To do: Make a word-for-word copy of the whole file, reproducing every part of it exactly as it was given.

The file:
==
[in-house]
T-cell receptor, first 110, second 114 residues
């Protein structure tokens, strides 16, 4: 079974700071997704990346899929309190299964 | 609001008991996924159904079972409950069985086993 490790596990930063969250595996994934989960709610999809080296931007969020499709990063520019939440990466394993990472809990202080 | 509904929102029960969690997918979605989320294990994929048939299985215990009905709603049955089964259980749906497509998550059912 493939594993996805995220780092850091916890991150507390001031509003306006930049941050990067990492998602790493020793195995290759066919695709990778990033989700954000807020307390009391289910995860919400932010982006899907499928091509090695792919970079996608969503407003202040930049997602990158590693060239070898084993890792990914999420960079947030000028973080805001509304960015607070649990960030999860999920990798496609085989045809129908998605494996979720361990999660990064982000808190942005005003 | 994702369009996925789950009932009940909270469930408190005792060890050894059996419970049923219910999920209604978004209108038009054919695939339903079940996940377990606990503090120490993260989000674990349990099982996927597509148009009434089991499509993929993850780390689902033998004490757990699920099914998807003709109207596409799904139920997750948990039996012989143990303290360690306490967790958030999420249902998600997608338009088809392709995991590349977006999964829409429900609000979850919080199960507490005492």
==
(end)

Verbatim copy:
[in-house]
T-cell receptor, first 110, second 114 residues
């Protein structure tokens, strides 16, 4: 079974700071997704990346899929309190299964 | 609001008991996924159904079972409950069985086993 490790596990930063969250595996994934989960709610999809080296931007969020499709990063520019939440990466394993990472809990202080 | 509904929102029960969690997918979605989320294990994929048939299985215990009905709603049955089964259980749906497509998550059912 493939594993996805995220780092850091916890991150507390001031509003306006930049941050990067990492998602790493020793195995290759066919695709990778990033989700954000807020307390009391289910995860919400932010982006899907499928091509090695792919970079996608969503407003202040930049997602990158590693060239070898084993890792990914999420960079947030000028973080805001509304960015607070649990960030999860999920990798496609085989045809129908998605494996979720361990999660990064982000808190942005005003 | 994702369009996925789950009932009940909270469930408190005792060890050894059996419970049923219910999920209604978004209108038009054919695939339903079940996940377990606990503090120490993260989000674990349990099982996927597509148009009434089991499509993929993850780390689902033998004490757990699920099914998807003709109207596409799904139920997750948990039996012989143990303290360690306490967790958030999420249902998600997608338009088809392709995991590349977006999964829409429900609000979850919080199960507490005492």